Anticipation is mounting as Basel’s Museum of Ancient Art prepares to open its much-awaited exhibition, “Tutankhamun – The Golden Beyond”.This content was published on March 1, 2004 - 15:56
Around half a million visitors are expected to view the funerary treasure from the Valley of the Kings and organisers have been deluged by demands for tickets.
The exhibition will display more than 120 pieces from Tutankhamun’s tomb and other royal tombs from the 18th dynasty (1530-1292). The artefacts were last seen in Europe more than two decades ago.
Tutankhamun was the boy king who ascended to the throne at the age of nine and reigned until his death nine years later.
His tomb and its countless splendours were unearthed in 1922 by the British Egyptologist, Howard Carter.
The tomb, which had been left virtually untouched for 3,300 years, contained four gilded shrines nested one inside the other.
The innermost shrine contained three coffins, one of which was made of 110 kilograms of solid gold. Inside it lay the pharaoh himself, wearing the famous Gold Mask.
Although the exhibition will not include the Gold Mask - regarded as a national treasure in Egypt and no longer lent out abroad - it will feature 50 of the most important artefacts from Tutankhamun’s tomb.
“So far everything is going smoothly,” said Koni Rohner, head of security at the museum.
“The objects are currently being packed up and will arrive in Switzerland sometime this month, though we can’t say exactly when for security reasons.”
Tickets for exhibition have been on sale since February over the internet and via a call centre. They are being issued with a precise date and entry time.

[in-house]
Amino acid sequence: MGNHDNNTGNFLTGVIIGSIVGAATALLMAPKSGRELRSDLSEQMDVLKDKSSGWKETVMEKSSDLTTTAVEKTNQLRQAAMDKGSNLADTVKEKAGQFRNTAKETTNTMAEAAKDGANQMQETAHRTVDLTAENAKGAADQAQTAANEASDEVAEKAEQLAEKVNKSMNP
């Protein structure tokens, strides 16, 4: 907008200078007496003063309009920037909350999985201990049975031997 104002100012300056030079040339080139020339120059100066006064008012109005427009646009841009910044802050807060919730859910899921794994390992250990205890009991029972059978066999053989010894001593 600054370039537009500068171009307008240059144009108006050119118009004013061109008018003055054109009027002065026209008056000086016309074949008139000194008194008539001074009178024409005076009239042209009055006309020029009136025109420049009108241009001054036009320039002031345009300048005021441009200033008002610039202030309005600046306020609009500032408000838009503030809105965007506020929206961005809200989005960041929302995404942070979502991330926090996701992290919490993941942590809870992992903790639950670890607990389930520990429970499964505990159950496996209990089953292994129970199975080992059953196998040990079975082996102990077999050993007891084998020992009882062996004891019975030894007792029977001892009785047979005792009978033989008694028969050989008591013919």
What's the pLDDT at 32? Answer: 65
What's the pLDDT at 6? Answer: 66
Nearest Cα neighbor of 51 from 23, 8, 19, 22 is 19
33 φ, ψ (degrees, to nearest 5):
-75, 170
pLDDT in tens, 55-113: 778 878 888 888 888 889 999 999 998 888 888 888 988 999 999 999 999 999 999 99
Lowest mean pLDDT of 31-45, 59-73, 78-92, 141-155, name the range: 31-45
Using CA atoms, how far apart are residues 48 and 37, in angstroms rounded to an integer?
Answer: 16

The number of visitors will be counted by an electronic turnstile which will lock once the safety limit has been reached.
Everyone will first pass through an “Introduction Room”, where they will be able to take in some historical background about the treasures.
The show’s organisers hope that these measures will be sufficient to avoid the lengthy queues often seen outside Paris’s Louvre Museum.
Standing in line
But it is not yet clear how well the museum will be able to accommodate a mix of individual visitors, school groups, as well as guided tours.
Prospective visitors have already complained about the long waiting times to buy tickets at the call centre.
Basel’s tourism office says it has been swamped with enquiries about the exhibition, with many visitors opting for an all-inclusive package that includes travel costs, accommodation and exhibition tickets.
“Demand has been very high, especially from western Switzerland, Germany and France,” says Basel Tourism’s Alain Burger. Requests for information have also been received from Belgium and the Netherlands.
The exhibition runs from April 7 to October 3.
The treasures on show are between 3,500 and 3,300 years old.
They include a number of the most important pieces from Tutankhamun’s tomb.
Many are made of gold, which symbolised rebirth in the afterlife.
Tutankhamun was a boy king who died in his late teens and remained at rest in Egypt's Valley of the Kings for over 3,300 years.
His tomb was discovered in 1922 by the British Egyptologist, Howard Carter, who had been searching for the tomb for a number of years.
Today, the tomb still contains the pharaoh's remains, hidden from view inside the outermost of three coffins.
He is the only pharaoh still residing in the Valley of the Kings.
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